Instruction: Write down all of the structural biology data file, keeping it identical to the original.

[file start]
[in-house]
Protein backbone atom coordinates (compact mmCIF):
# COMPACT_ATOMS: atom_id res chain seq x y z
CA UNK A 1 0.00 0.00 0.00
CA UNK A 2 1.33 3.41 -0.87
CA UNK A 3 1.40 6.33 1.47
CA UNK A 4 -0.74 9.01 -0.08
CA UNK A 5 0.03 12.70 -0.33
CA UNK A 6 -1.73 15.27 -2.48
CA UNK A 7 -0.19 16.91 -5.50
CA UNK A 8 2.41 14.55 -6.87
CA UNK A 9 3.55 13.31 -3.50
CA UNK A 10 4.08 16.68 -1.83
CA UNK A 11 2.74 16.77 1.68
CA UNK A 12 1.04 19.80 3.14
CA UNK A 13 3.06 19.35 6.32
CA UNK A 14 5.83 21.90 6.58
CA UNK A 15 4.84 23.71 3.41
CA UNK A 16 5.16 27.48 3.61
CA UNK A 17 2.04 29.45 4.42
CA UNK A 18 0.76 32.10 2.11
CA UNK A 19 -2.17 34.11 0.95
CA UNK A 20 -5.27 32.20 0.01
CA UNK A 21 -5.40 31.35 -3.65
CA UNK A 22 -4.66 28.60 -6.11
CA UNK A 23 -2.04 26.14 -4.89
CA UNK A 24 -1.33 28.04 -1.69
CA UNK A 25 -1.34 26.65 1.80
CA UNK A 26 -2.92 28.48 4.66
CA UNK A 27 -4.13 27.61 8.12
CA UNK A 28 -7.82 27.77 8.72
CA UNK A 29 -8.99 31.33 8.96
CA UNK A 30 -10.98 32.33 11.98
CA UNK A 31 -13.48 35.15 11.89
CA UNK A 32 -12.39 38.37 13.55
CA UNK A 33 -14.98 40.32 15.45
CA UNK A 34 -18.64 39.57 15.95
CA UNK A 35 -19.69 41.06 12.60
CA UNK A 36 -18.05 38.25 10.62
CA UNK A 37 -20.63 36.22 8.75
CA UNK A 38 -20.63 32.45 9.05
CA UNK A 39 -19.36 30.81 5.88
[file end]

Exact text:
[in-house]
Protein backbone atom coordinates (compact mmCIF):
# COMPACT_ATOMS: atom_id res chain seq x y z
CA UNK A 1 0.00 0.00 0.00
CA UNK A 2 1.33 3.41 -0.87
CA UNK A 3 1.40 6.33 1.47
CA UNK A 4 -0.74 9.01 -0.08
CA UNK A 5 0.03 12.70 -0.33
CA UNK A 6 -1.73 15.27 -2.48
CA UNK A 7 -0.19 16.91 -5.50
CA UNK A 8 2.41 14.55 -6.87
CA UNK A 9 3.55 13.31 -3.50
CA UNK A 10 4.08 16.68 -1.83
CA UNK A 11 2.74 16.77 1.68
CA UNK A 12 1.04 19.80 3.14
CA UNK A 13 3.06 19.35 6.32
CA UNK A 14 5.83 21.90 6.58
CA UNK A 15 4.84 23.71 3.41
CA UNK A 16 5.16 27.48 3.61
CA UNK A 17 2.04 29.45 4.42
CA UNK A 18 0.76 32.10 2.11
CA UNK A 19 -2.17 34.11 0.95
CA UNK A 20 -5.27 32.20 0.01
CA UNK A 21 -5.40 31.35 -3.65
CA UNK A 22 -4.66 28.60 -6.11
CA UNK A 23 -2.04 26.14 -4.89
CA UNK A 24 -1.33 28.04 -1.69
CA UNK A 25 -1.34 26.65 1.80
CA UNK A 26 -2.92 28.48 4.66
CA UNK A 27 -4.13 27.61 8.12
CA UNK A 28 -7.82 27.77 8.72
CA UNK A 29 -8.99 31.33 8.96
CA UNK A 30 -10.98 32.33 11.98
CA UNK A 31 -13.48 35.15 11.89
CA UNK A 32 -12.39 38.37 13.55
CA UNK A 33 -14.98 40.32 15.45
CA UNK A 34 -18.64 39.57 15.95
CA UNK A 35 -19.69 41.06 12.60
CA UNK A 36 -18.05 38.25 10.62
CA UNK A 37 -20.63 36.22 8.75
CA UNK A 38 -20.63 32.45 9.05
CA UNK A 39 -19.36 30.81 5.88